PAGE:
I have, over the years, slowed down. You don’t notice it when it happens. One day, you’re flying between court cases and class teaching and restaurant baking and childcare and garden work and gutter cleaning and school newspaper editing and Nutcracker rehearsal schedules (because your kid is Clara and what a time suck that is!) and fresh and honest dinner cooking and and then suddenly, at some later date, you notice that, line by line, your list has grown shorter. Whited out over time. Down to three items. Four during the holiday season.
So that it hardly seems excessive that I should run now from one job to the other, plan dinner menus in advance, think about a post when riding the bus home. The days are, for the most part, orderly and I know that I have made them that way. By the time you’re in your upper fifties (56 is upper, isn’t it?), you have either given in to chaos or you have perfected order. I have perfected order.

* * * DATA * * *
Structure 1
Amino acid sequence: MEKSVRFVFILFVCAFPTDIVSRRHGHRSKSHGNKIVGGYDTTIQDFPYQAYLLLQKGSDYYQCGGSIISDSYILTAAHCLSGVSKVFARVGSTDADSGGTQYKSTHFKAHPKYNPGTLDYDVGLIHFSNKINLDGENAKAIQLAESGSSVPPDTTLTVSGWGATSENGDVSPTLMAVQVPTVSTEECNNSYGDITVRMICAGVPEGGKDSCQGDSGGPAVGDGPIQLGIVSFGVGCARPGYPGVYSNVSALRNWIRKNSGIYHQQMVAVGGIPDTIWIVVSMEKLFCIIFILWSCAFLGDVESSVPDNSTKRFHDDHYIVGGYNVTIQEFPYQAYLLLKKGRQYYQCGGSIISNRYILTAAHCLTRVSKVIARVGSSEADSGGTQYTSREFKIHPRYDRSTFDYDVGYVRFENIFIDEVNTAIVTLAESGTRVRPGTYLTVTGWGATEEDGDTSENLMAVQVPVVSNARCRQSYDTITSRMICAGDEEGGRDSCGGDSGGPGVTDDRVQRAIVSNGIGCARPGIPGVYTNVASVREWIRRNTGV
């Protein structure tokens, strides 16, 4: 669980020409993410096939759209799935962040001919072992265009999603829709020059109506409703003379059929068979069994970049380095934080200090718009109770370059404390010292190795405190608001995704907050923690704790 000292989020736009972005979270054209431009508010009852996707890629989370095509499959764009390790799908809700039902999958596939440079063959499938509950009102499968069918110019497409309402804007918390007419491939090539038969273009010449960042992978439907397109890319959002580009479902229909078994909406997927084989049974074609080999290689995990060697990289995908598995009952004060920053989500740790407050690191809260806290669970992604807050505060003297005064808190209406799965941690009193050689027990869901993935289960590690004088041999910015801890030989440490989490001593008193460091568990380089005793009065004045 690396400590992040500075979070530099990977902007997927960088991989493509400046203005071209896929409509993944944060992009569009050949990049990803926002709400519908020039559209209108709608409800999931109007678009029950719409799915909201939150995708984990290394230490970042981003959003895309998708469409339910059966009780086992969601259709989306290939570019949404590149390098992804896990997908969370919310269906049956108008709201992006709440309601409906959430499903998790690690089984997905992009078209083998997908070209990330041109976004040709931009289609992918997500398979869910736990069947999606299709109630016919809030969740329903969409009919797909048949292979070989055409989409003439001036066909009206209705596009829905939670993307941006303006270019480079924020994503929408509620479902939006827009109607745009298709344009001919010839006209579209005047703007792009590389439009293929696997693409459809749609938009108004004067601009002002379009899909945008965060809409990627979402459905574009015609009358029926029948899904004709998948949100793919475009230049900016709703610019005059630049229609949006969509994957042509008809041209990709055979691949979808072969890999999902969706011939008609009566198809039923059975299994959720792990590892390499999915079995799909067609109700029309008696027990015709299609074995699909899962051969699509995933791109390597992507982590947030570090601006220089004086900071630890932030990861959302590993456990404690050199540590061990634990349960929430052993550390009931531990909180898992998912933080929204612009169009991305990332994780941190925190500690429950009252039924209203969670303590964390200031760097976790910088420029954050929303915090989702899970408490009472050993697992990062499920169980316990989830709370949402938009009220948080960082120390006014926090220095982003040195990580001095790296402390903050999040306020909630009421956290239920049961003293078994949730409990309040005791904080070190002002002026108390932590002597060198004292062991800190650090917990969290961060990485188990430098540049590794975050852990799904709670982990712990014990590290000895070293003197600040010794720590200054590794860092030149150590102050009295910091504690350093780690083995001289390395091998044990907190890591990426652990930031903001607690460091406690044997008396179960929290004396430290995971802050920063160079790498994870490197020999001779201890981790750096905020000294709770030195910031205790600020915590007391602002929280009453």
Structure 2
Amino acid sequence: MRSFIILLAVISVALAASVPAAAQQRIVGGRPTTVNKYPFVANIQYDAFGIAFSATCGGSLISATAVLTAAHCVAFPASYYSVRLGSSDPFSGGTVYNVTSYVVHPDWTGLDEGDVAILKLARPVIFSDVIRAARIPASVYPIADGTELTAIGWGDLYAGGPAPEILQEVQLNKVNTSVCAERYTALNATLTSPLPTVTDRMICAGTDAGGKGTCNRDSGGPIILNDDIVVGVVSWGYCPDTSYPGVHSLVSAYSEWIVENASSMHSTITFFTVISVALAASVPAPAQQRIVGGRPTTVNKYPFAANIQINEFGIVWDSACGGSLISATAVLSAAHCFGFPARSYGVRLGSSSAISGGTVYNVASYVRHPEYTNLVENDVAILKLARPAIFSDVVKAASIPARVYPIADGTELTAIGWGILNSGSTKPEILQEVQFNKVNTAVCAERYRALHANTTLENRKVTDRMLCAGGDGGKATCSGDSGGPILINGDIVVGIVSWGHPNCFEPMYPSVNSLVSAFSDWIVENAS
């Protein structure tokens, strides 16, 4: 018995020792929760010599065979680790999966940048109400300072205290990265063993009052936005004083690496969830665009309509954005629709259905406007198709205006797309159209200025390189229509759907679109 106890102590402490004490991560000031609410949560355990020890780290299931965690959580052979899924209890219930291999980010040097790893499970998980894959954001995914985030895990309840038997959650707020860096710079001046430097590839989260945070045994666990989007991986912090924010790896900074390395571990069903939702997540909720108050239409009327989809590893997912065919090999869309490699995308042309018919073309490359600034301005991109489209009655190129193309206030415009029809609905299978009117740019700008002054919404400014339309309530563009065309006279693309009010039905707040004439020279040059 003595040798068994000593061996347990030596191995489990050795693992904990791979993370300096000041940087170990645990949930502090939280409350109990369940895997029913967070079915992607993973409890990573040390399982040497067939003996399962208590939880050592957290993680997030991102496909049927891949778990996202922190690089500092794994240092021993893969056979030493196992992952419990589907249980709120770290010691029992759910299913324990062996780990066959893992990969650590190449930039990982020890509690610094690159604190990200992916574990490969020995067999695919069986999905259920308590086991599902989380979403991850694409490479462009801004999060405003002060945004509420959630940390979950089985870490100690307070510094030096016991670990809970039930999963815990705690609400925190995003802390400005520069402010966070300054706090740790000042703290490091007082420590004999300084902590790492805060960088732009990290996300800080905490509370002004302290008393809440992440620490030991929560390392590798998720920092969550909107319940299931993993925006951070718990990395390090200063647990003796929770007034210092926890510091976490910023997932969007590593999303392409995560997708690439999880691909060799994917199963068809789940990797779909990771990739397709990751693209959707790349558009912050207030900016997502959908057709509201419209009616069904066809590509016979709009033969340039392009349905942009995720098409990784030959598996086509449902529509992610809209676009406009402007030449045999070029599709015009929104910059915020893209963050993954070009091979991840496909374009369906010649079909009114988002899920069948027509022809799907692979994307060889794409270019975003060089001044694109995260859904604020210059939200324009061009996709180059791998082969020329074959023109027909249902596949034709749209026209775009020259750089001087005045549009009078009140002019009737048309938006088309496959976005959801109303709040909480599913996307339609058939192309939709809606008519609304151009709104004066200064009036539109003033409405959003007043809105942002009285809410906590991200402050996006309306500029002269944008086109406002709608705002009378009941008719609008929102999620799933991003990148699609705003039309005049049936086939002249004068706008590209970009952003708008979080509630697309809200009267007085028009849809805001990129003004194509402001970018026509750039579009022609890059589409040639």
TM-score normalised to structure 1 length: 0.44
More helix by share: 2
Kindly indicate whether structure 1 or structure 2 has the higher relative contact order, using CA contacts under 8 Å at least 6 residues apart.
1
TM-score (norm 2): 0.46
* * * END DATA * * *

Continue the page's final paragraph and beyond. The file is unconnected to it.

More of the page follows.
Today, that order is pristine and solid. With Ed away, my day is stripped down to only these essentials: grade exams, work in shop, eat dinner, post on Ocean. That’s it.
I’m thinking -- as I wake up in that predawn hour of undefined light -- I’m thinking that I should add to it. And so, even though I have just made a Cousances pot (I have the old one, before Le Creuset bought the company) of roasted tomato soup, and hashed a truckload of brussel sprouts (with olive oil, garlic, lemon juice and white wine), I want to go to the market. I want to stare at crates of produce. Because too soon, the market season will be over.
So this is what I leave for you: a morning (one of the last) at the Westside Community Market. As the sun breaks. And the pears come out of their purple shadows and the carrots and pumpkins show off their carotene pigments in the sudden burst of early light.